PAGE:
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National Frozen Food Day

Thursday, March 06, 2014

National Frozen Food Day

When : Always March 6th

National Frozen Food Day celebrates all those yummy foods and snacks in your freezer. Sure, the invention of the freezer made this day possible. But, the methods and techniques of preparing and freezing foods is what makes frozen foods taste great, look great and store in a frozen state until you need them.

Imagine how your busy life would be if you didn't have a frozen dinner to pop into the microwave in between a late day at work and your evening event. You'd have to stop and make a dinner from scratch!

Thanks to the frozen food industry, you can (and should ) celebrate Frozen Food Day in true frozen food manner:

Start your day with by popping a frozen breakfast into the microwave.
For lunch, select among a wide array of frozen lunch treats.
Take a trip to the grocery store to buy some frozen food, any will do.
Dinner: If you are in a hurry, you're in luck. The selection of dinner entrees is seemingly endless.
Snack time is the perfect time for cream!

Did you know? Frozen foods first hit store shelves in 1930 in Springfield, Ma. Who developed the process? ...... Clarence Birdseye.

Origin of "National Frozen Food Day":
Congress, by Senate Joint Resolution 193, designated March 6, 1984, as ``Frozen Food Day'' and authorized and requested the President to issue a proclamation upon this occasion.

In Proclamation #5157, President Ronald Reagan said: "Now, Therefore, I, Ronald Reagan, President of the United States of America, do hereby proclaim March 6, 1984, as Frozen Food Day, and I call upon the American people to observe such day with appropriate ceremonies and activities." And, so this became a true National day of recognition and celebration.

More Information:
President Reagan's Proclamation

This Day in History March 6th

The Roman Emperor Augustus is named Pontifex Maximus, incorporating the position into that of the Emperor (12 BC)

Ferdinand Magellan arrives at Guam. (1521)

The First Fleet arrives at Norfolk Island in order to found a convict settlement. (1788)

The Missouri Compromise is signed into law by President James Monroe. The compromise allows Missouri to enter the Union as a slave state, brings Maine into the Union as a free state, and makes the rest of the northern part of the Louisiana Purchase territory slavery-free. (1820)

York, Upper Canada is incorporated as Toronto. (1834)

Texas Revolution: Battle of the Alamo – After a thirteen day siege by an army of 3,000 Mexican troops, the 187 Texas volunteers, including frontiersman Davy Crockett and colonel Jim Bowie, defending the Alamo are killed and the fort is captured. (1836)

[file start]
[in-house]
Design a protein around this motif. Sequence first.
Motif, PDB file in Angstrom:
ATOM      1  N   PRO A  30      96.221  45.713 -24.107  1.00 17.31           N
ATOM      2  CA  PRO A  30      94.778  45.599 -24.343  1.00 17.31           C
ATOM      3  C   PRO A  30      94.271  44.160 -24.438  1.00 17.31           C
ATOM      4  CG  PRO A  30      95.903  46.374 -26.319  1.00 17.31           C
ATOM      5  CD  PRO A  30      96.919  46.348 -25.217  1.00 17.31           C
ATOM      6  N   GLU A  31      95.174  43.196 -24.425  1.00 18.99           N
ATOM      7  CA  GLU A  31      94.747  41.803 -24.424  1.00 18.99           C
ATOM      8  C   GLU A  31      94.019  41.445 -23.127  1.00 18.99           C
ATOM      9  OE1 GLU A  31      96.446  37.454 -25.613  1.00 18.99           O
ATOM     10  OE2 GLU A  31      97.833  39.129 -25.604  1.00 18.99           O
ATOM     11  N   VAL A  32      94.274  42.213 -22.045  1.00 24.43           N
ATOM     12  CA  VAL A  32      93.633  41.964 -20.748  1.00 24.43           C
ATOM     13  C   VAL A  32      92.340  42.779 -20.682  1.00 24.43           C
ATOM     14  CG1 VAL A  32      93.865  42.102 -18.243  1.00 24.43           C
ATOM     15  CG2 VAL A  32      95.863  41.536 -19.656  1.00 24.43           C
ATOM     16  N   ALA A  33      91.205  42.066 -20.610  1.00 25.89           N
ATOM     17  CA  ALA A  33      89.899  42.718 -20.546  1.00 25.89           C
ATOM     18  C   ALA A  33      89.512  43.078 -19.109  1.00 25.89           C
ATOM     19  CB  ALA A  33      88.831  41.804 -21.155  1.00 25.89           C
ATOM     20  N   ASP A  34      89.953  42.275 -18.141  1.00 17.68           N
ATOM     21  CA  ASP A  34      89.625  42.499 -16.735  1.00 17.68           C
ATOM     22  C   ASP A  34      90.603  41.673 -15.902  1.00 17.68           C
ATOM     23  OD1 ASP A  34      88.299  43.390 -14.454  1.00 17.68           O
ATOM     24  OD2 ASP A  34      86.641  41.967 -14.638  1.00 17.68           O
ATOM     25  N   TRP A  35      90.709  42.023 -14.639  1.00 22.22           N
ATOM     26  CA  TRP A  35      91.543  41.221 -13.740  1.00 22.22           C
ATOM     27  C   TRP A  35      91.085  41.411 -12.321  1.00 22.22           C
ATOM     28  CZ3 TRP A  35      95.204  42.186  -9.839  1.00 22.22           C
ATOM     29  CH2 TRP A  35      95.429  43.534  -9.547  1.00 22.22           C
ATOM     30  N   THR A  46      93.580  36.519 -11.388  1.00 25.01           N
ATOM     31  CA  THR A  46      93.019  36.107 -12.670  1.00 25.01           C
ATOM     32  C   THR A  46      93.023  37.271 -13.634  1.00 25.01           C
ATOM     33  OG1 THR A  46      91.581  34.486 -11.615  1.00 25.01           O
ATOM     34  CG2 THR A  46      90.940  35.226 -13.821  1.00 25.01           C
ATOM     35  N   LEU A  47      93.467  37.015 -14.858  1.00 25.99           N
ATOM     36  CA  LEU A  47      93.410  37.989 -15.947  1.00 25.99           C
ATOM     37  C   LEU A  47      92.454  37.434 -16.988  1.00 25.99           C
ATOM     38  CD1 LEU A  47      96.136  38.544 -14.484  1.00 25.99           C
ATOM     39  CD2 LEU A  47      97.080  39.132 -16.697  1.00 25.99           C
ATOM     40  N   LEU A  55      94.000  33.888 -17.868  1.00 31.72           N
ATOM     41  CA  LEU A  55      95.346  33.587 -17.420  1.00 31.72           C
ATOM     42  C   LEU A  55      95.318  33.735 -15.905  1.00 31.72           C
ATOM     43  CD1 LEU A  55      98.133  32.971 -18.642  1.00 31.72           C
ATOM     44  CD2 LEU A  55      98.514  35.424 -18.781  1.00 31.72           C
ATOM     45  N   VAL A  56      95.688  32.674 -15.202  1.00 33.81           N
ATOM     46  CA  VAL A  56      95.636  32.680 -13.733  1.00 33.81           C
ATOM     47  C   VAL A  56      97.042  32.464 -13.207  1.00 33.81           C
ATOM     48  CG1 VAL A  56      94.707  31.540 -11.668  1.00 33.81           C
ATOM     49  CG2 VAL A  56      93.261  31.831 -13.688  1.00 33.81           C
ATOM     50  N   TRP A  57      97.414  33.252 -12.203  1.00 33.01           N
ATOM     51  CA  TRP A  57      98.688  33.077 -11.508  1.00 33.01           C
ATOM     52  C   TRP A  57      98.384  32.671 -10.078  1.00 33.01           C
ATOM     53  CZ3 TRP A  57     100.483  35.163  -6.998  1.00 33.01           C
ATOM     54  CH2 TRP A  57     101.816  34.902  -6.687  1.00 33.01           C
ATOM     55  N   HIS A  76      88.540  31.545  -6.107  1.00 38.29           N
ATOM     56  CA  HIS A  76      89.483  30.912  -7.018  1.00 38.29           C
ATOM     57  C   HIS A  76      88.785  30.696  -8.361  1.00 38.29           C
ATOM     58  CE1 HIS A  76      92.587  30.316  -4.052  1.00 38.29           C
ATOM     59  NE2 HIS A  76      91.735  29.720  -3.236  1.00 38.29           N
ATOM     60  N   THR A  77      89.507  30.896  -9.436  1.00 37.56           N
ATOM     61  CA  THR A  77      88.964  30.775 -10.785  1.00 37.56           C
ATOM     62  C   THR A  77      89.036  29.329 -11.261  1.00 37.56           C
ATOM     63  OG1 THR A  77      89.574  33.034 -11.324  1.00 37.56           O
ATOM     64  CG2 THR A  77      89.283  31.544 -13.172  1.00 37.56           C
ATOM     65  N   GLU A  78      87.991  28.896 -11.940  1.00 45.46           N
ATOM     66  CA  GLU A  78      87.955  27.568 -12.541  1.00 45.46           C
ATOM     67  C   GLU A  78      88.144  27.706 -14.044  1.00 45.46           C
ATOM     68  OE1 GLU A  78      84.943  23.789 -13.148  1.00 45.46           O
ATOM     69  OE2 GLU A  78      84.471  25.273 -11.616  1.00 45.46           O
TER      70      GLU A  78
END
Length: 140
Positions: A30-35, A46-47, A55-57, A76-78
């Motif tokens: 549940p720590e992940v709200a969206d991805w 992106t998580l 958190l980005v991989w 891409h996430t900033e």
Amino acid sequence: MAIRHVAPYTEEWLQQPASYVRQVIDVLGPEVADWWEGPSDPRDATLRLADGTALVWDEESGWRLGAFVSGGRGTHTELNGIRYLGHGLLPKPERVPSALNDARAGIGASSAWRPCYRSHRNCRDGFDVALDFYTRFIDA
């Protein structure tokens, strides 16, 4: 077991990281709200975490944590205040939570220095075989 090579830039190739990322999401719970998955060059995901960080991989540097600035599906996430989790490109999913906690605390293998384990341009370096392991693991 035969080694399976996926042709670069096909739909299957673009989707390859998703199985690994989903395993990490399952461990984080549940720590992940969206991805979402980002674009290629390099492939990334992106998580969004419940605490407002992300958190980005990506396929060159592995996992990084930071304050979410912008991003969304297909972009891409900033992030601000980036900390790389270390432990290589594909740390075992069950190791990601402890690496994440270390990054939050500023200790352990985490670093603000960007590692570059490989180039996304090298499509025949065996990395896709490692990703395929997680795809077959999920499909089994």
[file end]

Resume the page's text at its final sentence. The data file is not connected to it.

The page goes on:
The Supreme Court of the United States rules in the Dred Scott v. Sandford case. (1857)

Dmitri Mendeleev presents the first periodic table to the Russian Chemical Society. (1869)

Bayer registers "Aspirin" as a trademark. (1899)

Norman Rockwell published Freedom from Want in the The Saturday Evening Post with a matching essay by Carlos Bulosan as part of the Four Freedoms series. (1943)

World War II: Cologne is captured by American Troops. (1945)

Ho Chi Minh signs an agreement with France which recognizes Vietnam as an autonomous state in the Indochinese Federation and the French Union. (1946)

The trial of Ethel and Julius Rosenberg begins. (1951)

Georgy Malenkov succeeds Joseph Stalin as Premier of the Soviet Union and First Secretary of the Communist Party of the Soviet Union. (1953)

Ash Wednesday Storm of 1962 begins on the mid-Atlantic coast of the United States. (1962)

Nation of Islam's Elijah Muhammad officially gives boxing champion Cassius Clay the name Muhammad Ali. (1964)

Joseph Stalin's daughter Svetlana Alliluyeva defects to the United States. (1967)

Three black males are executed by Rhodesia, the first executions since UDI, prompting international condemnation. (1968)

For the first time the Zapruder film of the assassination of John F. Kennedy is shown in motion to a national TV audience by Robert J. Groden and Dick Gregory. (1975)

Algiers Accord: Iran and Iraq announce a settlement of their border dispute. (1975)

After 19 years of presenting the CBS Evening News, Walter Cronkite signs off for the last time. (1981)

The first United States Football League game is played. (1983)

The British ferry MS Herald of Free Enterprise capsizes in about 90 seconds killing 193. (1987)

Ed Yielding and Joseph T. Vida set the transcontinental speed record flying a SR-71 Blackbird from Los Angeles to Virginia in 64 minutes, averaging 2,124 mph. (1990)

The Michelangelo computer virus begins to affect computers. (1992)

A suicide bomber kills 68 people (including first responders) in Baghdad on the same day that a gunman kills eight students in Jerusalem. (2008)
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